The Court held that a proper standard for determining obscenity is “whether to the average person, applying contemporary community standards, the dominant theme of the material taken as a whole appeals to prurient interest.”

The Court recognized that it had been objected that “these words are not sufficiently precise because they do not mean the same thing to all people, all the time, everywhere.”  Nonetheless, “we hold that these statutes, applied according to the proper standard for judging obscenity, do not offend constitutional safeguards against convictions based upon protected material, or fail to give men in acting adequate notice of what is prohibited.”  Conviction affirmed.


Memoirs vs Attorney General of Massachusetts

383 U.S. 413 (3-21-1966)

“This is an obscenity case in which Memoirs of a Woman of Pleasure (commonly known as Fanny Hill), written by John Cleland in about 1750, was adjudged obscene in a proceeding that put on trial the book itself, and not its publisher or distributor.”  Publisher “G. P. Putnam’s Sons intervened in the proceedings in behalf of the book, but it did not claim the right provided by that section to have the issue of obscenity tried by a jury.”

Reversing the finding of obscenity by the Massachusetts Supreme Judicial Court, the Supreme Court found: “A book cannot be proscribed unless it is found to be utterly without redeeming social value.  This is so even though the book is found to possess the requisite prurient appeal and to be patently offensive… .  Hence, even on the view of the court below that Memoirs possessed only a modicum of social value, its judgment must be reversed as being founded on an erroneous interpretation of a federal constitutional standard.”

Noting that “the courts were asked to judge the obscenity of Memoirs in the abstract”, the Supreme Court added: “Evidence that the book was commercially exploited for the sake of prurient appeal, to the exclusion of all other values, might justify the conclusion that the book was utterly without redeeming social importance.”  (EDITOR’S NOTE: Such a verdict presumably would apply to only the edition being marketed that way.)


Marvin Miller vs California, 413 U.S. 15 (6-21-1973)
Appeal from the Appellate Department, Superior Court of California, County of Orange


Paris Adult Theatre I, et al vs Lewis R. Slaton, as District Attorney, Atlanta Judicial Circuit, et al., 413 U.S. 49 (6-21-1973)
Certiorari to the Supreme Court of Georgia


Kaplan vs California, 413 U.S. 115 (6-21-1973)
Certiorari to the Appellate Department, Superior Court of California, County of Los Angeles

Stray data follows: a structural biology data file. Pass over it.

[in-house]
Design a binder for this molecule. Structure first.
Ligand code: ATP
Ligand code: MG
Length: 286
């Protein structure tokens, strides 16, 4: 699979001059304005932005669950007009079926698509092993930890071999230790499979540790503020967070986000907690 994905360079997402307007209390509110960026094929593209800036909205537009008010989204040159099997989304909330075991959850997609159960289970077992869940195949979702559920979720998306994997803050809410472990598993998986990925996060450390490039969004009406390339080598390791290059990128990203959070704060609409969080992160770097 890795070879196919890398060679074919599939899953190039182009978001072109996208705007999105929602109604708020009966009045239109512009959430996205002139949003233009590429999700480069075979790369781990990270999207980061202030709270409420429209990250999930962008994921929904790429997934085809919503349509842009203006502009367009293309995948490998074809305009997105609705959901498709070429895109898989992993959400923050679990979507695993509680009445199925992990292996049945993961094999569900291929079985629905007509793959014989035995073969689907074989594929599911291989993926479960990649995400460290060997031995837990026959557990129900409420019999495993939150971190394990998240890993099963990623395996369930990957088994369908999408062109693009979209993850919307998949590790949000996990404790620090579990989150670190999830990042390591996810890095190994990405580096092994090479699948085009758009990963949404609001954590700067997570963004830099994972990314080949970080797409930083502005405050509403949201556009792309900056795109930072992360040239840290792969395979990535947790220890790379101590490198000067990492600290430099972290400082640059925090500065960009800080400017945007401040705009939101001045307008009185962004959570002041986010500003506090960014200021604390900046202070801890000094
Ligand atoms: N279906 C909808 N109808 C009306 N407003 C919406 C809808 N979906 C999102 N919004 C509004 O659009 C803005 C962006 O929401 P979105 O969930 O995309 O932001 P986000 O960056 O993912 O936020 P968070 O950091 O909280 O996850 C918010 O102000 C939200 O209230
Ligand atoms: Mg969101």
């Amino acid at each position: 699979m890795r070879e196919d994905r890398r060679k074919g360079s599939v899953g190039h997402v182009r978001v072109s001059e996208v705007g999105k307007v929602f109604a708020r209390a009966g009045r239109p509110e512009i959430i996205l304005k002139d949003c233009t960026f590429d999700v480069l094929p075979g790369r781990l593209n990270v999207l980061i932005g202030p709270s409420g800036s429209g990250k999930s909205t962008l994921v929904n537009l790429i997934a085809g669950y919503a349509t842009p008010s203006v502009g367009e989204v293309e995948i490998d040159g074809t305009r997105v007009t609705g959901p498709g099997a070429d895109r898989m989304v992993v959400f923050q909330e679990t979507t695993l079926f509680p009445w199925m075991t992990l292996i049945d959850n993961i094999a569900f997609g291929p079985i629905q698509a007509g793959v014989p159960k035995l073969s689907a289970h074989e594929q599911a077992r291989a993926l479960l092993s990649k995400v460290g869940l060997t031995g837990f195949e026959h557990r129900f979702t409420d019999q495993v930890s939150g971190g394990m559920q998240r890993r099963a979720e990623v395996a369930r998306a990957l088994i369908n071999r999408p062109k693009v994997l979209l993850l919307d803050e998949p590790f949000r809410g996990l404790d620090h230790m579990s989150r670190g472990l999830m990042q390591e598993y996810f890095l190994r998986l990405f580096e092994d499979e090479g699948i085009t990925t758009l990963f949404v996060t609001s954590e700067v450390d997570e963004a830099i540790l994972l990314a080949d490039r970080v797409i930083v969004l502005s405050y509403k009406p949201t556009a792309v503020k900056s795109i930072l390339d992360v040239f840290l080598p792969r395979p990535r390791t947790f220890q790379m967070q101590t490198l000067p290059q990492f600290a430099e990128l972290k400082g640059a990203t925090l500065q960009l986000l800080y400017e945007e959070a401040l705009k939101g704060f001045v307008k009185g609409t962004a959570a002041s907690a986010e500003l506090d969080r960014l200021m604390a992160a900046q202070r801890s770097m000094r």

United States vs 12 200-ft. Reels of Film, et al. (Paladini, claimant), 413 U.S. 123 (6-21-1973)
Appeal from the United States District Court for the Central District of California


United States vs Orito, 413 U.S. 139 (6-21-1973)
Appeal from the United States District Court for the Eastern District of Wisconsin

These five cases dealing with obscenity were decided by the Supreme Court on the same day of June 21, 1973.  The cases vary in their details.  In Miller, Miller was convicted of violating a California statute when he mailed unsolicited “brochures [which] advertise four books entitled ‘Intercourse,’ ‘Man-Woman,’ ‘Sex Orgies Illustrated,’ and ‘An Illustrated History of Pornography,’ and a film entitled Marital Intercourse.  While the brochures contain some descriptive printed material, primarily they consist of pictures and drawings very explicitly depicting men and women in groups of two or more engaging in a variety of sexual activities, with genitals often prominently displayed.”  In Paris Adult Theater, “two Atlanta, Georgia, movie theaters and their owners and managers, … [o]n December 28, 1970, were [cited for] exhibiting to the public for paid admission two allegedly obscene films,… Magic Mirror and It All Comes Out in the End, [which] depict sexual conduct characterized by the Georgia Supreme Court as ‘hard core pornography’ leaving ‘little to the imagination.’”  In Kaplan, the operator of “Peek-A-Boo Bookstore, one of the approximately 250 ‘adult’ bookstores in the city of Los Angeles, California[, o]n May 14, 1969, [sold to] an undercover police officer… the book Suite 69 [which] has a plain cover and contains no pictures.  It is made up entirely of repetitive descriptions of physical, sexual conduct, ‘clinically’ explicit and offensive to the point of being nauseous; there is only the most tenuous ‘plot.’  Almost every conceivable variety of sexual contact, homosexual and heterosexual, is described.  Whether one samples every 5th, 10th, or 20th page, beginning at any point or page at random, the content is unvarying.”  200-ft. reels of film came about because “[o]n April 2, 1970, the claimant Paladini sought to carry movie films, color slides, photographs, and other printed and graphic material into the United States from Mexico.  The materials were seized as being obscene by customs officers at a port of entry, Los Angeles Airport, and made the subject of a forfeiture action”.  In Orito, “Orito was charged in the United States District Court for the Eastern District of Wisconsin with a violation of 18 U.S.C. 1462 in that he did ‘knowingly transport and carry in interstate commerce from San Francisco… to Milwaukee… by means of a common carrier, that is, Trans-World Airlines and North Central Airlines, copies of [specified] obscene, lewd, lascivious, and filthy materials… .’  The materials specified included some 83 reels of film, with as many as eight to 10 copies of some of the films.”  (Ellipses and brackets within last inner quote are in Supreme Court decision.)